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16 Feb 2024 < Back

Navigating Ground Floor Waterproofing: A Critical Perspective

This article was written by Ben Hickman, Technical Director of CLW. In this article we delve into an increasingly common challenge in UK residential buildings – waterproofing the ground floor. While it might seem straightforward, the nuances of this task reveal significant implications for structural integrity and design. 

The evolving landscape of ground floor waterproofing

As many surveyors and those in the construction industry will know, traditionally, buildings were constructed with a step up into the structure. 

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However, modern designs often feature the building set down, aligning the finished floor level with the external ground level. 

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This shift, while subtle, introduces new risks including: surface water flood events leading to water running over thresholds into the home, greater risk associated with rainwater splashback and risk of groundwater entry into the floor build up. 

Case study: A real-world example

To help demonstrate the issue, I thought it would be useful to draw in a real world example. The following image shows a changing room construction on a field in Cambridgeshire.  

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The following section details show that the finished floor level is at the same height as the external ground level. Also, the designed floor build up shows the Damp Proof Membrane (DPM) under the insulation some 250mm below finished floor level.

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This detail was present at entrances in order to comply with Building Regulations Part M, but it was also present around the full perimeter of the building. Furthermore, the hydrogeology meant that the ground was fairly saturated. As a result, water was coming to bear against the DPM. 

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Because the DPM is not waterproof (due to defects in the membrane, lack of seals at joints etc.) water entered into the floor build up resulting in a saturated screed and damage to floor finishes. 

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The invisible risk: Moisture and structural integrity

What this highlights is when the external and internal levels match, waterproofing must be a design consideration. Typically, this sort of detail is the prevue of the architect who adopts typical details using a DPM without consideration given to hydrogeology and structural waterproofing. Overlooking waterproofing design considerations leaves many residential properties at risk of water ingress.

Conclusion

So, what does this now mean? Is it now necessary for a waterproofing specialist to consult on the ground floor damp proofing designs where internal finished floor level is not greater than 150mm above external ground level for the majority of the building’s perimeter?  

I am not suggesting in this article that all ground floors need waterproofing. However, the decision to not waterproof ground floors where the building is set down is one which should be taken by a trained and competent specialist.

Your thoughts

We would like to see a wider discussion on this topic and, if warranted, see the industry (likely through the Property Care Association) publish a position. If this is an issue worth of wider consideration, latent defect insurers are likely to introduce more content in their technical manuals and that would see a shift in industry practices.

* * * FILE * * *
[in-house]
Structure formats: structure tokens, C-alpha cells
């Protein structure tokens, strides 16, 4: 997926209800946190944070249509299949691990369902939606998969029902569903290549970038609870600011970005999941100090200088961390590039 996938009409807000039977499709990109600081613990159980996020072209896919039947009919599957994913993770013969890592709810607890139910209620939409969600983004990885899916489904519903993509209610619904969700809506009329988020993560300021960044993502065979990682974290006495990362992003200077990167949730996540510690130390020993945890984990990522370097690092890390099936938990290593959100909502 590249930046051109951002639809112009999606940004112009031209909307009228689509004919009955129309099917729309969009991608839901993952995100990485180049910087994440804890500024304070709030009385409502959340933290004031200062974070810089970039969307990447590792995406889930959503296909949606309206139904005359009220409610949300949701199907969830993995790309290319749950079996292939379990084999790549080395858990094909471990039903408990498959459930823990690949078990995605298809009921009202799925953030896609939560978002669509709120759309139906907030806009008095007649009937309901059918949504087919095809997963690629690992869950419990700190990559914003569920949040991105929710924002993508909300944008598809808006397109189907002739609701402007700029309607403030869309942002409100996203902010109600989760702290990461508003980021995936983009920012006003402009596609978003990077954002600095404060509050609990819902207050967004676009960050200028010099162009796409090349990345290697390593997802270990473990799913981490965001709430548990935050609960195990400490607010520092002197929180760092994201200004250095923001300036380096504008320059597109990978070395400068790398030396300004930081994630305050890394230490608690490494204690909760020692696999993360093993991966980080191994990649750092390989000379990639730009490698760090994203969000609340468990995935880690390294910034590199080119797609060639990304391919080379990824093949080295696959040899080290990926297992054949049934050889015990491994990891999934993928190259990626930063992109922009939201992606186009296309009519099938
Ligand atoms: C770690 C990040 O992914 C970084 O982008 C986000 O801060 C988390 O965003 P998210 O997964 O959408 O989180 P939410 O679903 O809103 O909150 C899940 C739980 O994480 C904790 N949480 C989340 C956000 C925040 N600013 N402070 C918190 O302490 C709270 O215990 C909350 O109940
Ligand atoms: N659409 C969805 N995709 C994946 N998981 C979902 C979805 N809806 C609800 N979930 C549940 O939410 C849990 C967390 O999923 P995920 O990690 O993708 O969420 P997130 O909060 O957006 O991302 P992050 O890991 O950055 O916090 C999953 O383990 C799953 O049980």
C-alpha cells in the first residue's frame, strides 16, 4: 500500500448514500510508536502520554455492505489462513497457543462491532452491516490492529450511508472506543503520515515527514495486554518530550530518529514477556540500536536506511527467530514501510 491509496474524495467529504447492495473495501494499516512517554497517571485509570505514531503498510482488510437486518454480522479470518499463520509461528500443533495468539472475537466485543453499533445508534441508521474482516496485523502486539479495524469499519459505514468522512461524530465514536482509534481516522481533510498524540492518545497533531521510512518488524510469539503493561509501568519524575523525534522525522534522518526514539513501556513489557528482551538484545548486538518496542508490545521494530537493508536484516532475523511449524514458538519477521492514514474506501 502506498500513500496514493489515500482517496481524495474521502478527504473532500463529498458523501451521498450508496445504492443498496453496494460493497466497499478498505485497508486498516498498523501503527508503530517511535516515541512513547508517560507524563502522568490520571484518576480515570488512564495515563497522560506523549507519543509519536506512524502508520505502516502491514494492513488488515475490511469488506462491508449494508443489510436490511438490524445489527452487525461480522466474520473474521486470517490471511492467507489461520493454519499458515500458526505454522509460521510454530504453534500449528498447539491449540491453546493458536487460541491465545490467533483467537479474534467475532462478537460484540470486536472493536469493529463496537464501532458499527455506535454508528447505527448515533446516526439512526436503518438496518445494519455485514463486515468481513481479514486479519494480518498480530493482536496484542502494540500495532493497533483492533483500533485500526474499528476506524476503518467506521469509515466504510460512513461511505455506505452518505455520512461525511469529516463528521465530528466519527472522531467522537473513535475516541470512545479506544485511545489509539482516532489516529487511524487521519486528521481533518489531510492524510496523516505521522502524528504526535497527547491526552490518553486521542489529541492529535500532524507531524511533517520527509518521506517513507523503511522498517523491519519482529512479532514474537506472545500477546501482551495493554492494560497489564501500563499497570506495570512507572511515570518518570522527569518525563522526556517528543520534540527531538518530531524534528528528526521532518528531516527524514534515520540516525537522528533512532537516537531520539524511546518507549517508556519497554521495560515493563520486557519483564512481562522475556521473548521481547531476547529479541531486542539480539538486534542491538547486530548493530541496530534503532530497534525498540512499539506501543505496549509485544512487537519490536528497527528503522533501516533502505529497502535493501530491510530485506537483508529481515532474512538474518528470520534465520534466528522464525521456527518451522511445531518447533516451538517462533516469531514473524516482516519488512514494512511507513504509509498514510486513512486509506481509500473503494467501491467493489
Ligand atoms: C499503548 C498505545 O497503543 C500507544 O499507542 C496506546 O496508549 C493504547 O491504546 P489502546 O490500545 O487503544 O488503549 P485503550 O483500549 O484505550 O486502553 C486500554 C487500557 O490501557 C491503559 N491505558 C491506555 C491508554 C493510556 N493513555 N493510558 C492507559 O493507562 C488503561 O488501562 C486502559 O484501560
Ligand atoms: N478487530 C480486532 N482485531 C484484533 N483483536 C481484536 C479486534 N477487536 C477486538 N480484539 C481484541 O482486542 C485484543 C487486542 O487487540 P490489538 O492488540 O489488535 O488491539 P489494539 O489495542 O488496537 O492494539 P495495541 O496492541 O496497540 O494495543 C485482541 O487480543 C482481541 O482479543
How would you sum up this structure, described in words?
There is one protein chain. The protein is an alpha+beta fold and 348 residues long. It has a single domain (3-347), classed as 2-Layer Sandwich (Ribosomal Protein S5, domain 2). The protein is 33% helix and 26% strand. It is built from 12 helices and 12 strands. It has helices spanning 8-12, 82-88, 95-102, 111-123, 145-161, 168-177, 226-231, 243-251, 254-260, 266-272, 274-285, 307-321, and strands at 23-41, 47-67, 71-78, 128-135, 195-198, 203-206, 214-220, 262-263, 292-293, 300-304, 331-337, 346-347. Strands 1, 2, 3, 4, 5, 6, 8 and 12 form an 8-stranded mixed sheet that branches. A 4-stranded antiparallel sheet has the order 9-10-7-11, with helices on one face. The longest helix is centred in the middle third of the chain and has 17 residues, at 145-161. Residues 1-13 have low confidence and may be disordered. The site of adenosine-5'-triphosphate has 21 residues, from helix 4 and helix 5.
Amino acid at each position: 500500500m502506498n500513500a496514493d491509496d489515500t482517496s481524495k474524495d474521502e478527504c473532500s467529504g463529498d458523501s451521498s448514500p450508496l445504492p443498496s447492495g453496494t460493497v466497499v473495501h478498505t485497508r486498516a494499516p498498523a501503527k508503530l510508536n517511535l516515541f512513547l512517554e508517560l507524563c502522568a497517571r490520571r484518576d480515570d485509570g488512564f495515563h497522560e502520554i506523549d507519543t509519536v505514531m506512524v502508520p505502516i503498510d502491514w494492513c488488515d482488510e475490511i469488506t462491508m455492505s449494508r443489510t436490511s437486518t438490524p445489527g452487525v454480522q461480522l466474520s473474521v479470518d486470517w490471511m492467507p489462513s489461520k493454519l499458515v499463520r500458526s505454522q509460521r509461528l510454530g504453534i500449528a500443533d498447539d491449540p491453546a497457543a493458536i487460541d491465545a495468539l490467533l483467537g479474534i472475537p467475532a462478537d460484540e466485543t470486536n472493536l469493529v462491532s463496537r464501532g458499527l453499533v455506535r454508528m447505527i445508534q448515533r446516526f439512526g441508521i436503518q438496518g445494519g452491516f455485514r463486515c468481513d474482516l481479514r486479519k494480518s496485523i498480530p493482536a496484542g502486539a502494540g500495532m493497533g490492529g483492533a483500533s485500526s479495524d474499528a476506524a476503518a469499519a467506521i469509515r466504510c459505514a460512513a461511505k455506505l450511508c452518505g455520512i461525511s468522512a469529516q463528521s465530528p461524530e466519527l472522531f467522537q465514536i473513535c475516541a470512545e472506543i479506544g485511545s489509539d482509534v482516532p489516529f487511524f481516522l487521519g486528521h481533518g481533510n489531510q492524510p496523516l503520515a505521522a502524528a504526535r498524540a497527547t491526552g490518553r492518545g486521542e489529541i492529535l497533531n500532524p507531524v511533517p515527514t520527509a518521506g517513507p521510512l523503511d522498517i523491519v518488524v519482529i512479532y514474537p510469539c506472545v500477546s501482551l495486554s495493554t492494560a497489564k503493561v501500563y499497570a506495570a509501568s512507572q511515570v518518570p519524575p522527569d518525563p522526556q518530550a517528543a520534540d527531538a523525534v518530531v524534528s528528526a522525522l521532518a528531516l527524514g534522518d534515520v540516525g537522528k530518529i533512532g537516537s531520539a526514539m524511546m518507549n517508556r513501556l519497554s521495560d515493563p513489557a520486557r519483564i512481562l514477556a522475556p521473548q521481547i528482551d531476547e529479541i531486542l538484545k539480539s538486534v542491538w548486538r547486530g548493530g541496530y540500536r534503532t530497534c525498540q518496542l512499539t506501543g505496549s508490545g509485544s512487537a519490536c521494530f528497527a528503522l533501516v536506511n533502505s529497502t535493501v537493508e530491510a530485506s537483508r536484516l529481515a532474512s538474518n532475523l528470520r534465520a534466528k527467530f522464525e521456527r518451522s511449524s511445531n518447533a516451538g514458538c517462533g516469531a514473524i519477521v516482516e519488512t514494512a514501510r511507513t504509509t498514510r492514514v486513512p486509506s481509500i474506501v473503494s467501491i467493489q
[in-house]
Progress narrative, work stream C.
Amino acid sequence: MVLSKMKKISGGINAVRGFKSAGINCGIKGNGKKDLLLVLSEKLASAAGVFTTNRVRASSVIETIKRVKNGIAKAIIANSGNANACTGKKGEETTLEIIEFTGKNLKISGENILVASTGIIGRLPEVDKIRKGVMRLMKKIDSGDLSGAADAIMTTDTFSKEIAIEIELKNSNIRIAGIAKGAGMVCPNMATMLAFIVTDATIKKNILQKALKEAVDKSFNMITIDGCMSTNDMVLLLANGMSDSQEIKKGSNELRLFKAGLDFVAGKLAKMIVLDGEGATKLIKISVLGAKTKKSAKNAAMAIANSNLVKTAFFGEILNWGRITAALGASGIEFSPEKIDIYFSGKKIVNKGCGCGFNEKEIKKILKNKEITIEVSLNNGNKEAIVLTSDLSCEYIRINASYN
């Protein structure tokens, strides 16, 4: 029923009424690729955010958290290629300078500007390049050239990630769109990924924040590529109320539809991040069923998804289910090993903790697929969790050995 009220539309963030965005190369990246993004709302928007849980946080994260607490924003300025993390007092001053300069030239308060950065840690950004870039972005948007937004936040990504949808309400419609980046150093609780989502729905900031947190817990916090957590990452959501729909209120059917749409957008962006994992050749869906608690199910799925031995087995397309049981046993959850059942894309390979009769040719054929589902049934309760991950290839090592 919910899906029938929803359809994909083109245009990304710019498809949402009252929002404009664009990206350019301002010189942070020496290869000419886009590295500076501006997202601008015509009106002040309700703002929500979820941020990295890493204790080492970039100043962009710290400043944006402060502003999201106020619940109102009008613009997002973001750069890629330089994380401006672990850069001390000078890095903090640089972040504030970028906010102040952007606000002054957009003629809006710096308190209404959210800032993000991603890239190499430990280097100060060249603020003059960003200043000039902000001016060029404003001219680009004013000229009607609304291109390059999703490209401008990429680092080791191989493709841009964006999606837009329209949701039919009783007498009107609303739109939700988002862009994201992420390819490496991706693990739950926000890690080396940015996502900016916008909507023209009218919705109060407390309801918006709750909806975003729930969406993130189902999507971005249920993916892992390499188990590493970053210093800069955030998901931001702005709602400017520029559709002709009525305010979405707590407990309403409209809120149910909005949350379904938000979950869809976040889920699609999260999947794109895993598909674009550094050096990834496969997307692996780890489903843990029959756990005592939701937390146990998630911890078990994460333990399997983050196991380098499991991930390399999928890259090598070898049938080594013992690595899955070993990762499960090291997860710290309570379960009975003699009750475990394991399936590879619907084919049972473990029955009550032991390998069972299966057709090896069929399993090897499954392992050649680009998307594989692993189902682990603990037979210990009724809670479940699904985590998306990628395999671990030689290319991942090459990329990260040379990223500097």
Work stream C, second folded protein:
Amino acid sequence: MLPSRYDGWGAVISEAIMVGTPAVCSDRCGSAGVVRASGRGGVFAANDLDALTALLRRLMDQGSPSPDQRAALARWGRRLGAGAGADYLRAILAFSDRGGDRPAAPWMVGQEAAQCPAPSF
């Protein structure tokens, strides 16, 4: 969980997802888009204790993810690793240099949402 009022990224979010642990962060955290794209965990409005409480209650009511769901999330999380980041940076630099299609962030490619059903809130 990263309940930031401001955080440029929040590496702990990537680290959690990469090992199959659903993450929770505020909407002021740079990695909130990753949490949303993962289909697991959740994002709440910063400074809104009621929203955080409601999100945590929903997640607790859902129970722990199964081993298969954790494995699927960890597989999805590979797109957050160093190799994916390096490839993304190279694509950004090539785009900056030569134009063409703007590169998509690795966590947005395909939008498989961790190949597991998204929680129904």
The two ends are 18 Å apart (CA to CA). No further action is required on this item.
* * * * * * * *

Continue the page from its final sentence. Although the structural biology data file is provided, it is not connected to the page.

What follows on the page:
Comments

 

Paul Green

Well said / presented Ben, Delta have promoted your comments / type of design for many years now, and like you, we don't like risk, so will always strive to reduce them wherever possible, after all, as PCA members, we're all in this together, and are here to hopefully ensure that all structures, not just those below G/L, are kept dry.

Anthony Gooch

Good Article Ben , this often gets overlooked on ground floor designs. I am currently working on my own project with the same scenario on a sloping slope site that is just below ground at the rear with 200mm above at the front . I have opted for an external sheet membrane system with geo drain to Remove any risk.

Terry Smith

Once the line of defence needs to be positioned below ground (albeit only a little), the requirements of BS8102:2022 may need to be implemented as there is a potential risk of hydrostatic pressure acting on the system at some point during the design life of the structure... In these situations, the need for a waterproofing solution should be assessed based on a geology report. In the absence of a report, it must be assumed that at some point during the design life of the structure the system is going to be subject to hydrostatic pressure so a waterproofing system implemented regardless; not just relying on typical DPM/ DPC arrangements that would pose a greater risk of failure in this situation (as evidenced in your article). However, the problem arises (taking your detail as an example) that once this becomes a waterproofing design, not damp proofing, simply switching out the DPM for a post applied Type A waterproofing membrane to extend up to ground level and link in with DPC (as most would think logical) and/ or utilise the cavity for detailing up to ground, would not technically be possible as membranes are no longer deemed suitable for internal sandwich tanking arrangements, as were removed from BS8102 during the latest update in March 2022. This leaves a hole in in the waterproofing design which I think would not easily be filled by internal waterproofing systems without a complete redesign.

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